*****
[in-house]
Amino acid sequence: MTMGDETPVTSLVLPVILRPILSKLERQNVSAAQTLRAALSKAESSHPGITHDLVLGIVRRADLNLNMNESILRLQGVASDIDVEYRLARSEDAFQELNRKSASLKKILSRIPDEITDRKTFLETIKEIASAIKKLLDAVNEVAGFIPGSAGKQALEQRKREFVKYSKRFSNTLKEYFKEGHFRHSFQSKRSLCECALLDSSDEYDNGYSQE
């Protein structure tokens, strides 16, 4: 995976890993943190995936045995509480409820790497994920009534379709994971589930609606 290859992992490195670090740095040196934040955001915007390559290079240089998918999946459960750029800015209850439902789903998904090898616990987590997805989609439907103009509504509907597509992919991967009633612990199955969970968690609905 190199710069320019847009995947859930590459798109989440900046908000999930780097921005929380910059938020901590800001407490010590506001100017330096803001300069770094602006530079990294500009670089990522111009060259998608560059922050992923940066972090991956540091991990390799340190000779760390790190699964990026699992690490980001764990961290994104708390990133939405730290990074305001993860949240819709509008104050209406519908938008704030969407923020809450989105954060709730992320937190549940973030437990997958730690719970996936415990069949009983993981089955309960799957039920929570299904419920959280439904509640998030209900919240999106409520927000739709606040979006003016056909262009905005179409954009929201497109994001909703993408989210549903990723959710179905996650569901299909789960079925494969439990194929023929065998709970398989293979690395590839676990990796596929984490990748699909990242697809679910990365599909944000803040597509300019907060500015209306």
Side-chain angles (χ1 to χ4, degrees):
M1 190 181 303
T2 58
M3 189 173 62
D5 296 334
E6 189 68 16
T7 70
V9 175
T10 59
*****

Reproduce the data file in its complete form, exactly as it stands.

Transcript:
[in-house]
Amino acid sequence: MTMGDETPVTSLVLPVILRPILSKLERQNVSAAQTLRAALSKAESSHPGITHDLVLGIVRRADLNLNMNESILRLQGVASDIDVEYRLARSEDAFQELNRKSASLKKILSRIPDEITDRKTFLETIKEIASAIKKLLDAVNEVAGFIPGSAGKQALEQRKREFVKYSKRFSNTLKEYFKEGHFRHSFQSKRSLCECALLDSSDEYDNGYSQE
């Protein structure tokens, strides 16, 4: 995976890993943190995936045995509480409820790497994920009534379709994971589930609606 290859992992490195670090740095040196934040955001915007390559290079240089998918999946459960750029800015209850439902789903998904090898616990987590997805989609439907103009509504509907597509992919991967009633612990199955969970968690609905 190199710069320019847009995947859930590459798109989440900046908000999930780097921005929380910059938020901590800001407490010590506001100017330096803001300069770094602006530079990294500009670089990522111009060259998608560059922050992923940066972090991956540091991990390799340190000779760390790190699964990026699992690490980001764990961290994104708390990133939405730290990074305001993860949240819709509008104050209406519908938008704030969407923020809450989105954060709730992320937190549940973030437990997958730690719970996936415990069949009983993981089955309960799957039920929570299904419920959280439904509640998030209900919240999106409520927000739709606040979006003016056909262009905005179409954009929201497109994001909703993408989210549903990723959710179905996650569901299909789960079925494969439990194929023929065998709970398989293979690395590839676990990796596929984490990748699909990242697809679910990365599909944000803040597509300019907060500015209306």
Side-chain angles (χ1 to χ4, degrees):
M1 190 181 303
T2 58
M3 189 173 62
D5 296 334
E6 189 68 16
T7 70
V9 175
T10 59